I make the mashed potatoes with a special “garlic butter” that I created from cashews. It adds a bit more richness to the potatoes and lots of garlic flavor. But if you don’t want to make the cashew butter or have an allergy, you can omit it. You could even just add in some pre-made cashew butter if you have it and add the garlic in separately. If you do it that way, make sure you grate the garlic on a microplane grater so that it’s very fine. 

The mashed potatoes are spread over top of the lentil mixture. If you want or have time, you can bake it in the oven, which will make it set up a bit firmer. If you don’t have time for that, no worries, it’s totally fine without that step! You could make this recipe ahead of time and throw it in the oven to warm up when you are ready to eat. I have not tried freezing leftovers, but I imagine that it would work out well! If you happen to do that, let me know how it turns out!


I hope you learned lots about fiber and why it is so critical in our diets, which is part of why a whole food plant based diet is so healthful because it is full of fiber. I also hope you enjoy this recipe as much as I do and please let me know what you think in the comments!




Dr. Romay


Increased Lifespan From Beans - Dr. Greger, M.D.

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Lentil Shepherd's Pie

Makes about 10 servings

Hearty lentils and veggies are layered with creamy mashed potatoes for a comforting and classic dish. Perfect for a big family, or a small family that wants leftovers, or for a holiday dinner. Easily halve this recipe by following quantities in parentheses. 

If you don’t like mushrooms, you can use extra lentils instead. (see footnotes)

Author: Leah Romay


For the lentil-veggie mixture:

  • 550 g (275 g) dried brown lentils, washed and sorted
  • 3/4 lbs (1/3 lbs) carrots, diced – about 4-5 large
  • 1 (1/2) large onion, diced
  • 1 lbs (1/2 lbs) mushrooms, such as cremini or baby bella, chopped in the food processor until medium fine (see photo above)
  • 4 (2) cloves garlic
  • 2 T (1 T) fresh thyme leaves
  • 3 cups (1.5 c) vegetable or mushroom broth
  • 2 cups (1 c) fire roasted tomato puree
  • 2 T (1T) tomato paste
  • 3 T (1.5 T) vegan Worcestershire sauce
  • 2 cups (1 cup) fresh shelled peas or frozen
  • 2 cups (1 cup) fresh corn kernels or frozen

For the mashed potatoes:

  • 3 lbs (1.5 lbs) potatoes, skins left on
  • 1 cup (1/2 cup) cashew pieces (see footnote if leaving out)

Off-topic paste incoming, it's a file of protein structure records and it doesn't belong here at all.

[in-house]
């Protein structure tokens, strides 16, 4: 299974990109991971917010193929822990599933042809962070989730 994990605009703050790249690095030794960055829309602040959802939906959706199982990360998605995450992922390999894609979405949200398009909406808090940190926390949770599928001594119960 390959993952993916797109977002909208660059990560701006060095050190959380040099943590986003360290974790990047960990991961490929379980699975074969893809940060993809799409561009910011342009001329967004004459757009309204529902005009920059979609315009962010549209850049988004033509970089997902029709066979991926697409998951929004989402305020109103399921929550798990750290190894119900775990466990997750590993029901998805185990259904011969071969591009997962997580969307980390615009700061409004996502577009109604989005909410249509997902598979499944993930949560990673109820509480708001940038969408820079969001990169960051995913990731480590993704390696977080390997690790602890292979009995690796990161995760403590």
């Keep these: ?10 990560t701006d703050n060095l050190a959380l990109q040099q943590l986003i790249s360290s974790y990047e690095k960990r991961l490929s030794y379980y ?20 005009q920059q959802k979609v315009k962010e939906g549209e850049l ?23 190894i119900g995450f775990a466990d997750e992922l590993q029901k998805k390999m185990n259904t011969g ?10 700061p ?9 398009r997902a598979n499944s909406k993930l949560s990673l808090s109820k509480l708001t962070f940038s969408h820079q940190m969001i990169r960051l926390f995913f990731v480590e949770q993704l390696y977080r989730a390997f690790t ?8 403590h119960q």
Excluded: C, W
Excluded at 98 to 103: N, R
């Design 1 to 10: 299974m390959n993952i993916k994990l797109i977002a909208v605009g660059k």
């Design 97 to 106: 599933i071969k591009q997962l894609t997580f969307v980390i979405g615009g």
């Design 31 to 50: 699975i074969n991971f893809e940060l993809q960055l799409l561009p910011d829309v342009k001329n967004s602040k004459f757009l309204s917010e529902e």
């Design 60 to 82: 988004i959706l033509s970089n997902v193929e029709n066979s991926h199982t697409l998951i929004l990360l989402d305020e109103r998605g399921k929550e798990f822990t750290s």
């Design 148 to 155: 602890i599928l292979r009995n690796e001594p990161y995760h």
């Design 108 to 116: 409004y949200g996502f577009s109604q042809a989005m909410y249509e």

• 1/4 c (2 T) water
  • 1/2 t (1/4 t) salt
  • 2 cloves (1 clove) garlic
  • 3 T (1.5 T) nutritional yeast
  • 1.5 – 2 cups (3/4 – 1 cup) soy milk, or plant based milk of your choice
  • Paprika
  • Fresh thyme, for serving


Digital Scale, Food Processor


  1. Bring 1 cup of water to a boil. Place the cashews (if not using, skip to step 2) in a small bowl and then pour the hot water over.
  2. Heat a large dutch oven pot over medium low heat and add the onion, carrot, and mushrooms plus 1/4 cup water. Cook the vegetables, stirring frequently, about 5 minutes. Add the lentils, broth, tomato puree, tomato paste, Worcestershire sauce, garlic, salt, pepper, and thyme. Stir well to combine and bring to a rapid boil. Once boiling, cover with lid. Reduce heat to a very low and gently simmer 15-20 minutes until lentils are tender. 
  3. Meanwhile, cut potatoes into quarters and add to a large pot filled with salted water.  Cover and bring to a boil. Cook until potatoes are tender, about 20 minutes from the time you turn on the heat. When done, drain the potatoes and return them to the pot. 
  4. While potatoes are cooking, drain the cashews and place in food processor with the water, salt, garlic and nutritional yeast. Process until it makes a paste. This is the cashew butter. Set aside.
  5. Once the lentils are done cooking, stir in the peas and corn. Spread the mixture in a large baking dish.
  6. By now, the potatoes should be done. Test them by stabbing a potato with a pairing knife. If you are met with little to no resistance, they are done. Drain. Return to the pot and mash. Add the cashew butter and mash well, adding the soy milk gradually. You may not need all of the milk. Add until your desired texture is achieved. Adjust salt and pepper to taste.
  7. Spread the potatoes on top of the lentil mixture. Sprinkle with paprika. Bake for 15-20 minutes, if desired. Serve sprinkled with fresh thyme.


  • Use a digital scale to measure quantities.
  • Leftovers will last for several days.
  • You may also be able to freeze this recipe, however I have not done this. 
  • If you do not want a big batch, then make half of this recipe. The volumes are in parenthesis. 
  • If you do not want to use the mushrooms, then add additional 275 g lentils (137 g) for total of  825 g (412 g)
  • If you want to omit the cashews – grate the garlic with a microplane grater so it is fine. Mix this into the potatoes with salt, pepper, nutritional yeast, and soy milk or your milk of choice. 

Dr. Leah Romay is a dentist passionate about health and wellness and believes that health is possible for everyone. She’s been in the kitchen cooking from scratch for most of her life and greatly enjoys creating healthy and delicious recipes. In addition to practicing dentistry full time, she spends her free time developing recipes, reading scientific studies, and helping others live their healthiest lives through evidence-based lifestyle and diet. Read more about Dr. Romay and her story here.